Pocket holes and pocket hole joinery are no strangers to us at Obsessed Woodworking or to these pages. We love our Kreg pocket hole jig, and we use pocket hole joints in many of our woodworking projects – cabinet doors, picture frames, desks, tables, and other furniture. They make a strong joint, and with the pocket hole jig, they are easy and fast.
The Kreg jig makes it easy and an almost no-brainer for drilling pocket holes. Set the jig, set the drill guard for depth, drill the pocket hole, and join the two workpieces together with pocket hole screws. The jig kit comes with a measurement chart that tells us the drill depth and the pocket hole screw size to use for the joint, and we simply need to follow the guidelines.
We’ve written about pocket holes and pocket hole joinery many times in the past on these pages, including here, here, here, and here. We’ve answered questions about using pocket holes with plywood, whether pocket holes are strong enough for shelving, and the size of screws to use.
The one question we do have to consider that those charts do not necessarily answer is the distance between the pocket holes. But before we answer that question, let’s make sure we’re all clear about pocket holes and joinery.
What Is Pocket Hole Joinery?
If you’ve made a picture frame, a cabinet door, or added a vanity plate to a table project, it’s likely you used pocket hole joinery to create that strong joint. You’ve drilled angled pocket holes in a piece of wood and used pocket screws designed specifically for the purpose through those holes and into the second piece of wood to draw them together into a strong joint.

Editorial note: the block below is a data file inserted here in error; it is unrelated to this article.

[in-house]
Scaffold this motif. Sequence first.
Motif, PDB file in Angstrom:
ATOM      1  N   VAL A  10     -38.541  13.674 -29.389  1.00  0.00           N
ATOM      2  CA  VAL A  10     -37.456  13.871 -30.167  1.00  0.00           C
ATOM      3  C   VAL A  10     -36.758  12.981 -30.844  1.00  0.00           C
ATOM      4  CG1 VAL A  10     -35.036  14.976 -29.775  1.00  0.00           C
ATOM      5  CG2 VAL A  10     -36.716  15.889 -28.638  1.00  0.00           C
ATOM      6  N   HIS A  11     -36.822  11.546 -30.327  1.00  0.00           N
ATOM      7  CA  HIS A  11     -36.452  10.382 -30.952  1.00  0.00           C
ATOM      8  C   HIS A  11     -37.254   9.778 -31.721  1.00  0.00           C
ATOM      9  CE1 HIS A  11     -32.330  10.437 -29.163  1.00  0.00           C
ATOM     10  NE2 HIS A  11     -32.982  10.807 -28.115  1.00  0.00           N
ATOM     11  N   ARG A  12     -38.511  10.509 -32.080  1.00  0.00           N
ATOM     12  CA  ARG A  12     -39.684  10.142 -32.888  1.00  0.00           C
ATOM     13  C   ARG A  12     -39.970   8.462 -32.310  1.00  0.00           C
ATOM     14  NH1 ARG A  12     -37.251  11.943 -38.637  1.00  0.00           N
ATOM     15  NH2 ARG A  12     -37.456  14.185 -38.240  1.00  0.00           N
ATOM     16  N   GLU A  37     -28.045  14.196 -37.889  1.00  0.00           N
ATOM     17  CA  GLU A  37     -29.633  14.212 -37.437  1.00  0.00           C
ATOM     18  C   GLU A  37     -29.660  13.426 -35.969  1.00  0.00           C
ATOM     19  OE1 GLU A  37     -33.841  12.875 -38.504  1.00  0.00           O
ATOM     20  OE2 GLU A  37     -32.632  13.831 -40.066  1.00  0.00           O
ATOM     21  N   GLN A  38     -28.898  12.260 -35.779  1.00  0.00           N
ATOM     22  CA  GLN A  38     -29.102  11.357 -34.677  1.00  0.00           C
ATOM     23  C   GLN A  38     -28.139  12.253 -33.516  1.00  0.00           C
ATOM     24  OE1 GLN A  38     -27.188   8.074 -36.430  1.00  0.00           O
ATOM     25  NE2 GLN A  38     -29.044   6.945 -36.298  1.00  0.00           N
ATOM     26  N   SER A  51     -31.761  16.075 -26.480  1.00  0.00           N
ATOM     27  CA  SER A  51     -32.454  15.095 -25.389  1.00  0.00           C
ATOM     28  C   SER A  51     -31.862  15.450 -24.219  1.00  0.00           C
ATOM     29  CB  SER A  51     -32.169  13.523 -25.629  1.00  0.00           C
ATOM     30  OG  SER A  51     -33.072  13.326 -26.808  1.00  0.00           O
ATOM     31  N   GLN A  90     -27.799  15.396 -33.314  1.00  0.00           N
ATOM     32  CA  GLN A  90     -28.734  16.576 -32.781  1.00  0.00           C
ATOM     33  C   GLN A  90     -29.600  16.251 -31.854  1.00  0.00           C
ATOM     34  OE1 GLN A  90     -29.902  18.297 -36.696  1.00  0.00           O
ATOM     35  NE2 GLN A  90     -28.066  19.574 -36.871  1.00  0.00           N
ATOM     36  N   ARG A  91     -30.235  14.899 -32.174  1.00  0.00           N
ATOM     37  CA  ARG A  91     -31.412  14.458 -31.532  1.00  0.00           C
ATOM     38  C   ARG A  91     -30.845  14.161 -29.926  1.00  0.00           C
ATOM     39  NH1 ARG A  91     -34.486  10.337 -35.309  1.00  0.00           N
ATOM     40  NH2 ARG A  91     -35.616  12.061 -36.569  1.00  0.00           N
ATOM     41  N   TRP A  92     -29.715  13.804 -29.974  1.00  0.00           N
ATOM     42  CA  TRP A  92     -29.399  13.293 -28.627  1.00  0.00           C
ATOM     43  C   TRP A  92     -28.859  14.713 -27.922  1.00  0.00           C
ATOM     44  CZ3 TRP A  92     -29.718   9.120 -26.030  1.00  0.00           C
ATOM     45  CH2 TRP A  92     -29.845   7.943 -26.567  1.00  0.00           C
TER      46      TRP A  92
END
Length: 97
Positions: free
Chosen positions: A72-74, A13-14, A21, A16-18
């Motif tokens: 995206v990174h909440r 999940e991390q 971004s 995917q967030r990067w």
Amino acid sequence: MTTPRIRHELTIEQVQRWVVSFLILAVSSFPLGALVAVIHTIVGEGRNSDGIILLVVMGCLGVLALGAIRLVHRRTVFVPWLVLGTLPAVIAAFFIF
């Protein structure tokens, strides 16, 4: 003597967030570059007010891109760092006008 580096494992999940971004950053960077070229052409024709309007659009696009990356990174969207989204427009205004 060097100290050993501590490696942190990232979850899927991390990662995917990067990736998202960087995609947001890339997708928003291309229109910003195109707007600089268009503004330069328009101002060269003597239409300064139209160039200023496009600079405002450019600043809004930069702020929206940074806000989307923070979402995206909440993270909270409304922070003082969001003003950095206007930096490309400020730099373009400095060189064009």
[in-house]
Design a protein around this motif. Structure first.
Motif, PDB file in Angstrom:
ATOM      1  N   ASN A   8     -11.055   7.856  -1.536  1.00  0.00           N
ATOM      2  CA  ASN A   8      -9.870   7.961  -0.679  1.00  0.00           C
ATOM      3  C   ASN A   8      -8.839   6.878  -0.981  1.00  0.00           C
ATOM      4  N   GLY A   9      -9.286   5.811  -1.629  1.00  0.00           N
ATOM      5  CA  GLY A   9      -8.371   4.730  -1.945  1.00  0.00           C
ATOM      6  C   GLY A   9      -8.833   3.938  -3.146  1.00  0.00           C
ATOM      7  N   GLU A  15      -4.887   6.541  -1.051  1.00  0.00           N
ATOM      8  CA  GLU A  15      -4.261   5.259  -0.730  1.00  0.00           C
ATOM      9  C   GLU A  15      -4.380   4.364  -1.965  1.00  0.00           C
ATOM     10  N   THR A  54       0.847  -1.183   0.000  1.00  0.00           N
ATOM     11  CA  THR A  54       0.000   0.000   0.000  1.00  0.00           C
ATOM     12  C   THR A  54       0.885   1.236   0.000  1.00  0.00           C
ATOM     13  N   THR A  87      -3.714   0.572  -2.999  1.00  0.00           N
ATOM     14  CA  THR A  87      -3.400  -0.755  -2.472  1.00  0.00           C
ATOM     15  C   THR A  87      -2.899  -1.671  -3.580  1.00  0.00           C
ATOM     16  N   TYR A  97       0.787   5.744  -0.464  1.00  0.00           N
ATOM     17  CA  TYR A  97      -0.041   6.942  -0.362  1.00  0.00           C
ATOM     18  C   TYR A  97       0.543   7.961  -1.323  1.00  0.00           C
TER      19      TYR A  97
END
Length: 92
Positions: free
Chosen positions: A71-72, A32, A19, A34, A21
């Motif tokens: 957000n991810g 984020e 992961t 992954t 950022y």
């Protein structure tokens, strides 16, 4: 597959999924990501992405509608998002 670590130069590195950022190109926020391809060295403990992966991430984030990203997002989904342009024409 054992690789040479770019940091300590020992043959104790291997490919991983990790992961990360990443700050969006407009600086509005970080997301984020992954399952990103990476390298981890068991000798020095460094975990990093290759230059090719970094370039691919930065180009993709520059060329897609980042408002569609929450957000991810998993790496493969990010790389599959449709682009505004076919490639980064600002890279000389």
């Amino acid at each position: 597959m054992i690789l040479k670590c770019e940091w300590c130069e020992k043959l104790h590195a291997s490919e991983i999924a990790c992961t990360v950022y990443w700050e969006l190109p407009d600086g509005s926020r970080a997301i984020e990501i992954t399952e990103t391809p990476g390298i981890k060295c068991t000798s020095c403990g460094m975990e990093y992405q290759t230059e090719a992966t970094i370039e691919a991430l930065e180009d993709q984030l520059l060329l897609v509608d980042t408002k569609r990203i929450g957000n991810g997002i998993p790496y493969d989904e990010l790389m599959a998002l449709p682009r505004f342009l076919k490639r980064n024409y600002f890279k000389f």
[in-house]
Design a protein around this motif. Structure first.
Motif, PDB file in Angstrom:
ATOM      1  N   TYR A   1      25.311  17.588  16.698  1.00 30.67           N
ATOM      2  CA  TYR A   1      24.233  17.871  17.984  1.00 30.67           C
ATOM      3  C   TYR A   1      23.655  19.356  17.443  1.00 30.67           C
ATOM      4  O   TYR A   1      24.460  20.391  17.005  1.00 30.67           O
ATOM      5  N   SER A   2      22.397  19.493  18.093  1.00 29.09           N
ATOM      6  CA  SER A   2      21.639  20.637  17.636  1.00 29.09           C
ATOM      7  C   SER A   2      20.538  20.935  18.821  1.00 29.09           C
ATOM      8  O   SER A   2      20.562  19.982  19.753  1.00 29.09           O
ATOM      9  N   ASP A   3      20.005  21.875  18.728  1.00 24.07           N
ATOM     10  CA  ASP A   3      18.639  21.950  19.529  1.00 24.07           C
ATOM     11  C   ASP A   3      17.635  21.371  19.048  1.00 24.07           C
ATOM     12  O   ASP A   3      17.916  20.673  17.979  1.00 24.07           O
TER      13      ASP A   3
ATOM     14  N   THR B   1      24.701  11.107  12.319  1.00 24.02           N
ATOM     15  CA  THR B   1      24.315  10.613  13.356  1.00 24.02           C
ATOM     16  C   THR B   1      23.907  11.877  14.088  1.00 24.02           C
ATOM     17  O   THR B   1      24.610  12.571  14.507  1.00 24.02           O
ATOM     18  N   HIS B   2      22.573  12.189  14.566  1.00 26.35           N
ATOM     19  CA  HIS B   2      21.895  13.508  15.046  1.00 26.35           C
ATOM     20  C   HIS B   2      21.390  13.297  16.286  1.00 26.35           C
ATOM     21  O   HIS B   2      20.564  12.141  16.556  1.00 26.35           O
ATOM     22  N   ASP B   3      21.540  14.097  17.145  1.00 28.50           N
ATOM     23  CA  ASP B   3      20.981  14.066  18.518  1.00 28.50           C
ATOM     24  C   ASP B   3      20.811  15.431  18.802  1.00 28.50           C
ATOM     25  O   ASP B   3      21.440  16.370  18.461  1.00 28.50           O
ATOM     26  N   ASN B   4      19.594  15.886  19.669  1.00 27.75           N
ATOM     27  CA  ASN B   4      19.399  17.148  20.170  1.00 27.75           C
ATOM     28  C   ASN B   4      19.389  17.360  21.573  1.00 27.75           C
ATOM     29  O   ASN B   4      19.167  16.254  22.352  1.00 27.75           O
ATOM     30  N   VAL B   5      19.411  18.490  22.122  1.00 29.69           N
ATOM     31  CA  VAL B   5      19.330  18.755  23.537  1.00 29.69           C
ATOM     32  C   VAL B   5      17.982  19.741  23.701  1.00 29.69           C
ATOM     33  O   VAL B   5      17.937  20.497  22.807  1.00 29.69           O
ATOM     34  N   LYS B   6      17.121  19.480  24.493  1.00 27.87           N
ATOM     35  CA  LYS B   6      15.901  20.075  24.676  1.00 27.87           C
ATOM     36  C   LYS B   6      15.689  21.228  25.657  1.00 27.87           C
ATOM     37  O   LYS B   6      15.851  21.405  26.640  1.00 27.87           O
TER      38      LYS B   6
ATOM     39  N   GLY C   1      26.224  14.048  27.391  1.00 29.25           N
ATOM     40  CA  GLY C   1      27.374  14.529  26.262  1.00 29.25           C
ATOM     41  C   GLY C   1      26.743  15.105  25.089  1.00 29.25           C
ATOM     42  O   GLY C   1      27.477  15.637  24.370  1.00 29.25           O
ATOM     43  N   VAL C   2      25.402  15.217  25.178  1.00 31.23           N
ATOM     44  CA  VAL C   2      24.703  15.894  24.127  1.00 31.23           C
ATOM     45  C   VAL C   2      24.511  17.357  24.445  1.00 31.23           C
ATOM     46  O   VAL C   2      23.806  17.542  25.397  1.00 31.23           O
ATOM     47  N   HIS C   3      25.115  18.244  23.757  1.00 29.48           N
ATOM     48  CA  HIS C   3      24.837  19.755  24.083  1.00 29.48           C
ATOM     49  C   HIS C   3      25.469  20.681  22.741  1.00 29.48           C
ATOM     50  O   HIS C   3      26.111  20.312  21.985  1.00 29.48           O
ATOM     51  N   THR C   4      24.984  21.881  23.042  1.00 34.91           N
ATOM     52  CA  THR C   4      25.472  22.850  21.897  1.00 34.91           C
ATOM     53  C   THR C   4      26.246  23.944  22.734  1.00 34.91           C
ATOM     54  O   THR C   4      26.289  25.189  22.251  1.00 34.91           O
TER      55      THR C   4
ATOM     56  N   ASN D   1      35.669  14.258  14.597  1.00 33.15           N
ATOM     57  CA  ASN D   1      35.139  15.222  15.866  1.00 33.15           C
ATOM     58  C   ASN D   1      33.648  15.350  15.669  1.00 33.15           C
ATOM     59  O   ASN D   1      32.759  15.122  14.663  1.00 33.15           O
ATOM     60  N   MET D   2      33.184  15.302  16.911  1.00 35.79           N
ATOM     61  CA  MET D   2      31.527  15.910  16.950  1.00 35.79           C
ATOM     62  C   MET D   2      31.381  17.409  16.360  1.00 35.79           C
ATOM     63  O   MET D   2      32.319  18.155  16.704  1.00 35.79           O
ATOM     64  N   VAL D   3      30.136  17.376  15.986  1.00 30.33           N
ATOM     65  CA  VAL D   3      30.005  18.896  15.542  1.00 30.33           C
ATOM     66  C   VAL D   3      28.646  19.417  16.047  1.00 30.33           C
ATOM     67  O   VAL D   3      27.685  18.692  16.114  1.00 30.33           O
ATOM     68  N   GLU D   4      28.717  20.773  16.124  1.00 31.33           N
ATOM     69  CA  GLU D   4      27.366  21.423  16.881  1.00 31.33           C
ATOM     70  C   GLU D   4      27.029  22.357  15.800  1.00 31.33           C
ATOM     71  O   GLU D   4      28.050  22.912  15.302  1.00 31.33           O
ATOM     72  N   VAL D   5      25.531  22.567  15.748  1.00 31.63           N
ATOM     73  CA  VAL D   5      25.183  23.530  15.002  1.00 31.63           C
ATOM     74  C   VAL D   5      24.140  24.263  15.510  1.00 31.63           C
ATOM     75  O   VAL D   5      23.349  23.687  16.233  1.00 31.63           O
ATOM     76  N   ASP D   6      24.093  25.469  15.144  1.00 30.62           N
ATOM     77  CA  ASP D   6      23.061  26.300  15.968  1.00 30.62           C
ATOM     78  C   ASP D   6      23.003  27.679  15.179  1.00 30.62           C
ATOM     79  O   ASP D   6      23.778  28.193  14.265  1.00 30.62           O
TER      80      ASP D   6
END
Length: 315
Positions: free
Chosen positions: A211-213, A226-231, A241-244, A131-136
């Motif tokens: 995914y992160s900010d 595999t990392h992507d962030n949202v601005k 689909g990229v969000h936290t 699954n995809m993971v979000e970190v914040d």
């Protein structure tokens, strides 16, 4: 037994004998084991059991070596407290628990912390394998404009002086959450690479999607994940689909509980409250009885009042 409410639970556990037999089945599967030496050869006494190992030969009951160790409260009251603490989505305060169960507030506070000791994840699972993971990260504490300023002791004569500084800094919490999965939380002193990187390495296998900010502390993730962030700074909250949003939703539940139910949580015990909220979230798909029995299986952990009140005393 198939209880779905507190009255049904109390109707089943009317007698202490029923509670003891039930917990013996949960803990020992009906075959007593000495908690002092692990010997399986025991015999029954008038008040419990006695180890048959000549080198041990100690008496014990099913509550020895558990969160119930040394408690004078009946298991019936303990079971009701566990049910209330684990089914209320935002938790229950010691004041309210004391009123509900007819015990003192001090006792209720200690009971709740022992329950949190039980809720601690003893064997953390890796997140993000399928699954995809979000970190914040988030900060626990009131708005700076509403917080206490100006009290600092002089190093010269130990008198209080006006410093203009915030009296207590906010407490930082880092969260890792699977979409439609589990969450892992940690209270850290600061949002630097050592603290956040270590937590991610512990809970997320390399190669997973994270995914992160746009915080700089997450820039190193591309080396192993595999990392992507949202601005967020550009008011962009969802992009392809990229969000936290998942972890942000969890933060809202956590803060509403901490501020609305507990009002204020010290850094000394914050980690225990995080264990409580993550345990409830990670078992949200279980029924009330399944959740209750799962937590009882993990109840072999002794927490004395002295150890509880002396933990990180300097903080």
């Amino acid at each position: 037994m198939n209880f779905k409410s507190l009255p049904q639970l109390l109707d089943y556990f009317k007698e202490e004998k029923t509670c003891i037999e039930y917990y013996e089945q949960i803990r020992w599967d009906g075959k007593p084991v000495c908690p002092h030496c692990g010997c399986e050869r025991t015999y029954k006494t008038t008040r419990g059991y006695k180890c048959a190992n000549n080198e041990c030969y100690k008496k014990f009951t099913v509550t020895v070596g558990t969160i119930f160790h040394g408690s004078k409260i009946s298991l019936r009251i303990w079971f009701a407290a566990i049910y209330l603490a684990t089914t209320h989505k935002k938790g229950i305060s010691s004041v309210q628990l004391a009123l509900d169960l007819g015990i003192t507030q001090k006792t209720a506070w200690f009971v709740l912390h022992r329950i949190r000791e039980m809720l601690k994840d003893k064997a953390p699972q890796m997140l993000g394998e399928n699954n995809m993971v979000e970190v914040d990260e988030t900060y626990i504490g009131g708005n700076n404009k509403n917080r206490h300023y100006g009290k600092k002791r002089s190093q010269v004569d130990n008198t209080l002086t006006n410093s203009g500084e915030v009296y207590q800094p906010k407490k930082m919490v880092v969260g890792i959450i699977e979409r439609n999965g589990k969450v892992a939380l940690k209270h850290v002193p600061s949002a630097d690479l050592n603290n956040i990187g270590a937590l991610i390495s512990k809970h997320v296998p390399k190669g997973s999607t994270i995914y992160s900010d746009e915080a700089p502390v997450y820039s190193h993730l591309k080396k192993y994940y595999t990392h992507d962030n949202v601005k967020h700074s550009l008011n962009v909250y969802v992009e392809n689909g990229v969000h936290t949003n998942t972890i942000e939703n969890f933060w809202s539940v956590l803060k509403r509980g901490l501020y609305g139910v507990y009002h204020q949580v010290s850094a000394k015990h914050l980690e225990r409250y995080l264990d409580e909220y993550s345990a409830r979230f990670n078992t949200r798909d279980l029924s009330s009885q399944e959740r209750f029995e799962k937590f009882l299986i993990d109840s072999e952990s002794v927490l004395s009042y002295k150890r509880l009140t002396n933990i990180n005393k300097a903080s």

A jig used for that drilling was originally designed by Craig Sommerfeld in the late 1980s. He was about to build new cabinets for his home, and his wife asked if he could hide the screw holes in them and their doors. His answer – the pocket hole – led to the invention of the pocket hole jig, which in turn led to the Kreg jig, a patent awarded in 1990.
Wood Magazine carried a picture of the Kred pocket hole jig in 1995, and suddenly sales skyrocketed. Eight years later, Lowe’s began carrying the Kreg jig and other products the Kreg Tool Company manufactured – solutions for joining, cutting, clamping, and more.
The Kreg jig is the standard by which all pocket hole joinery tools are measured. It comes in a variety of models, from a single hole to three-hole versions, and prices begin for the single hole model at around $15. Pocket hole machines used for mass production can run up to around $400 for commercial uses.
Pocket Hole Screws
Kreg also manufactures the pocket hole screws used in joinery. The screws used in any particular project will depend on the wood, and the size of the screws will depend on the size of the pieces being joined.
Pocket hole joints can be used to join wood in any configuration:
- Edge to edge
- Edge to face